Cowden syndrome: a critical review of the clinical literature.
ABSTRACT Cowden syndrome (CS) is a multi-system disease involving hamartomatous overgrowth of tissues of all three embryonic origins and increased risks for thyroid, breast and possibly other cancers. Benign breast, thyroid, uterine and skin lesions are also common. Approximately 80% of patients with CS have an identifiable germline mutation in the PTEN gene. The majority of the existing data on the frequencies of component clinical features have been obtained from compilations of case reports in the literature, many of which predate the establishment in 1996 of consensus diagnostic criteria. Many of these reports also suffer from ascertainment bias which emphasized the dermatologic features of the disease. This paper presents an overview of Cowden syndrome focusing on a critical evaluation of the major literature on the component cancers, benign features, and molecular findings in CS, noting the limitations of the published data.
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ABSTRACT: PTEN, a protein tyrosine phosphatase with homology to tensin, is a tumor-suppressor gene on chromosome 10q23. Somatic mutations in PTEN occur in multiple tumors, most markedly glioblastomas. Germ-line mutations in PTEN are responsible for Cowden disease (CD), a rare autosomal dominant multiple-hamartoma syndrome. PTEN was sequenced from constitutional DNA from 25 families. Germ-line PTEN mutations were detected in all of five families with both breast cancer and CD, in one family with juvenile polyposis syndrome, and in one of four families with breast and thyroid tumors. In this last case, signs of CD were subtle and were diagnosed only in the context of mutation analysis. PTEN mutations were not detected in 13 families at high risk of breast and/or ovarian cancer. No PTEN-coding-sequence polymorphisms were detected in 70 independent chromosomes. Seven PTEN germ-line mutations occurred, five nonsense and two missense mutations, in six of nine PTEN exons. The wild-type PTEN allele was lost from renal, uterine, breast, and thyroid tumors from a single patient. Loss of PTEN expression was an early event, reflected in loss of the wild-type allele in DNA from normal tissue adjacent to the breast and thyroid tumors. In RNA from normal tissues from three families, mutant transcripts appeared unstable. Germ-line PTEN mutations predispose to breast cancer in association with CD, although the signs of CD may be subtle.The American Journal of Human Genetics 01/1998; 61(6):1254-60. · 11.20 Impact Factor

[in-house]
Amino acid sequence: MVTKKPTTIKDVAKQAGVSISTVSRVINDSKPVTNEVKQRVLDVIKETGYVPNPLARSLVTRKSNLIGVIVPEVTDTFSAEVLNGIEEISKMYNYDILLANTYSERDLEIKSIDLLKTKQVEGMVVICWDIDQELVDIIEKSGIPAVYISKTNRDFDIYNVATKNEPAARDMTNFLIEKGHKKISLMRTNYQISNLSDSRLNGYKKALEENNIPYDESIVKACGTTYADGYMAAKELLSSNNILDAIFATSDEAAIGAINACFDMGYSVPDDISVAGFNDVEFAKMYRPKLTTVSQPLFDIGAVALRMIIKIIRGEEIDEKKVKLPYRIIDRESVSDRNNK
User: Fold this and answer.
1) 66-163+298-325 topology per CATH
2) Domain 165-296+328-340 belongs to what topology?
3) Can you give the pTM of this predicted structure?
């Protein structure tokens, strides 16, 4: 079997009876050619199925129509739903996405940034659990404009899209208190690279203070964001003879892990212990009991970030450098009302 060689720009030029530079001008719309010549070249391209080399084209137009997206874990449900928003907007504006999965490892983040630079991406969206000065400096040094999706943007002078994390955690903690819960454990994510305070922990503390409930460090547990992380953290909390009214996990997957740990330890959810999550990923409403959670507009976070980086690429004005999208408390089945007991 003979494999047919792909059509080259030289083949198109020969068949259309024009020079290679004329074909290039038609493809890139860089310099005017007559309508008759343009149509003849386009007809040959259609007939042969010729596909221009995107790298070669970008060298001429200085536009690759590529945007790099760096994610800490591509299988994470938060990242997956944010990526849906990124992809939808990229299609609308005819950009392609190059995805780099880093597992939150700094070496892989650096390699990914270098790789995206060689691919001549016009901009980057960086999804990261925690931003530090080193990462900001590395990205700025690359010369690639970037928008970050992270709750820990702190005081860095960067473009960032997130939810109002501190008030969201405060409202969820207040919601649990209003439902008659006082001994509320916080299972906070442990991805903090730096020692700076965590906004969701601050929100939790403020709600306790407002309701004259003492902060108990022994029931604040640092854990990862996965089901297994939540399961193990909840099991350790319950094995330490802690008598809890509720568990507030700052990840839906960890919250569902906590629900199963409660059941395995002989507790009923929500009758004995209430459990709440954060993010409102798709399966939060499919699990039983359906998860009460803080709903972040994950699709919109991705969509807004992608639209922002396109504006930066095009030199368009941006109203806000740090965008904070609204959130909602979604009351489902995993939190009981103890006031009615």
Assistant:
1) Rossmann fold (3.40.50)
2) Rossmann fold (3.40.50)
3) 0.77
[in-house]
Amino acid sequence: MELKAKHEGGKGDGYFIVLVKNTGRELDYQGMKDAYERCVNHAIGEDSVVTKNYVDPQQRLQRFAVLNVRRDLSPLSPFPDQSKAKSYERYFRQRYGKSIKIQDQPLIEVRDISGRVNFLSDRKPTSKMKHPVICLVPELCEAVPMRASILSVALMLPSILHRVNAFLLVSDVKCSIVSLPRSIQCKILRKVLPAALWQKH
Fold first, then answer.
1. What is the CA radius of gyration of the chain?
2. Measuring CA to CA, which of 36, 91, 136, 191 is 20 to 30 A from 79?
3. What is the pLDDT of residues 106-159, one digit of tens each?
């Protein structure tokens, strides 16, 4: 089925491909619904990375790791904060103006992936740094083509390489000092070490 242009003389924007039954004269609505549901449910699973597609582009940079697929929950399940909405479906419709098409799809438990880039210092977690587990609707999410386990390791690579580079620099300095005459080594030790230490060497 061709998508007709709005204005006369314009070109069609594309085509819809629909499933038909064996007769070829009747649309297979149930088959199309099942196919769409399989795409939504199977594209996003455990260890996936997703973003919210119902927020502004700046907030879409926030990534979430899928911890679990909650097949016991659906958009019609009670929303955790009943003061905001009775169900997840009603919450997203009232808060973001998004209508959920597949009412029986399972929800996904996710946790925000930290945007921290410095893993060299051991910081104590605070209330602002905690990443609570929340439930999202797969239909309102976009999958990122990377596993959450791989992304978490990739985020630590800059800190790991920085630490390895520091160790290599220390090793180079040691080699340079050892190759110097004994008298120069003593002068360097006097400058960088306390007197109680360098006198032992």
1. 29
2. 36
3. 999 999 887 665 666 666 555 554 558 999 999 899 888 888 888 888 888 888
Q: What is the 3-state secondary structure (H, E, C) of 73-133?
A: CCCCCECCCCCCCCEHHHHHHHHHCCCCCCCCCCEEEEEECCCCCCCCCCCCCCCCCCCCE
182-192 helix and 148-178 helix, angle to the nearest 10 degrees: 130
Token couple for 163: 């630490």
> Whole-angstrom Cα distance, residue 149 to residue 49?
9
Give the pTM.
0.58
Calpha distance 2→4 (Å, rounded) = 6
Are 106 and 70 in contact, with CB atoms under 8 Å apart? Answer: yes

- Archives of Dermatology 12/1972; 106(5):682-90. · 4.79 Impact Factor
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ABSTRACT: The tumor suppressor gene PTEN, which is frequently mutated in human cancers, encodes a lipid phosphatase for phosphatidylinositol 3,4,5-triphosphate [PtdIns(3,4,5)P3] and antagonizes phosphatidylinositol 3 kinase. Primordial germ cells (PGCs), which are the embryonic precursors of gametes, are the source of testicular teratoma. To elucidate the intracellular signaling mechanisms that underlie germ cell differentiation and proliferation, we have generated mice with a PGC-specific deletion of the Pten gene. Male mice that lacked PTEN exhibited bilateral testicular teratoma, which resulted from impaired mitotic arrest and outgrowth of cells with immature characters. Experiments with PTEN-null PGCs in culture revealed that these cells had greater proliferative capacity and enhanced pluripotent embryonic germ (EG) cell colony formation. PTEN appears to be essential for germ cell differentiation and an important factor in testicular germ cell tumor formation.Development 05/2003; 130(8):1691-700. · 6.21 Impact Factor